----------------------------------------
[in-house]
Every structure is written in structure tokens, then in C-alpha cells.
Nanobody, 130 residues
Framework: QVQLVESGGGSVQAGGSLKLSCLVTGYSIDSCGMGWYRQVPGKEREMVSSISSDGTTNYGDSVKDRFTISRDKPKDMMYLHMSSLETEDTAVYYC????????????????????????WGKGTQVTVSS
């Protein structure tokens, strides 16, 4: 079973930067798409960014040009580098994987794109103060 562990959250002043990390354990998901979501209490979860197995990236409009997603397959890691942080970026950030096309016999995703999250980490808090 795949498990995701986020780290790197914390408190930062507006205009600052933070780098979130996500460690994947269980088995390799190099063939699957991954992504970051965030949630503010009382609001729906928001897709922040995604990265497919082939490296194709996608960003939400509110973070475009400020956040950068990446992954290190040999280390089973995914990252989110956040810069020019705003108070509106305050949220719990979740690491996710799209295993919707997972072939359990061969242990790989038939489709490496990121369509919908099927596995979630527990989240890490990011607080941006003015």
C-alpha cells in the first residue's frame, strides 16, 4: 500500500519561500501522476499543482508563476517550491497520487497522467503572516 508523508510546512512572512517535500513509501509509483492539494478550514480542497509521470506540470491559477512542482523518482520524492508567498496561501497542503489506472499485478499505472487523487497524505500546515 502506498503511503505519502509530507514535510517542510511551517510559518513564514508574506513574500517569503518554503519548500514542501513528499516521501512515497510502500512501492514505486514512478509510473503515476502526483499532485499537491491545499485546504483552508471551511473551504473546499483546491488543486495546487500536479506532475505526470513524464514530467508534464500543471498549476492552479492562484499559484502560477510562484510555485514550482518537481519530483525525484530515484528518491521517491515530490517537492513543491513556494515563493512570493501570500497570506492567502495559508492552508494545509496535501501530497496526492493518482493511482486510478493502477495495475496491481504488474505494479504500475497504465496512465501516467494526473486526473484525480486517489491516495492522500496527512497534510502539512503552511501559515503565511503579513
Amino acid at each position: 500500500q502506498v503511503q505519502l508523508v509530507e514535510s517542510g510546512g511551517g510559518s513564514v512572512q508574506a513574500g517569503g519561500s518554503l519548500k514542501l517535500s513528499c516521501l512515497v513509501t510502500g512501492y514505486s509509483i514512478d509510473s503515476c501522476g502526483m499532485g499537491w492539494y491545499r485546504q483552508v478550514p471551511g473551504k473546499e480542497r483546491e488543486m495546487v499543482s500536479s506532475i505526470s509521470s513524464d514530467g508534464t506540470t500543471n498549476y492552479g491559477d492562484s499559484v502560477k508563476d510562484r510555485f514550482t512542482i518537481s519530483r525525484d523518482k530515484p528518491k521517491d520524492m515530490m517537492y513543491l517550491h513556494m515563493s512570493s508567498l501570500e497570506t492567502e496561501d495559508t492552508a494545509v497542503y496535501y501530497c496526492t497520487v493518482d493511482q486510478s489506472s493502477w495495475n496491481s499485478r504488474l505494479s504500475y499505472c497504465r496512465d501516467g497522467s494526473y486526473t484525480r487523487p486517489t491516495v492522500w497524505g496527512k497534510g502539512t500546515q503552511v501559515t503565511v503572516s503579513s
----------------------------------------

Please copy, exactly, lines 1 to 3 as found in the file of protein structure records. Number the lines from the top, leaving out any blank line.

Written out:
[in-house]
Every structure is written in structure tokens, then in C-alpha cells.
Nanobody, 130 residues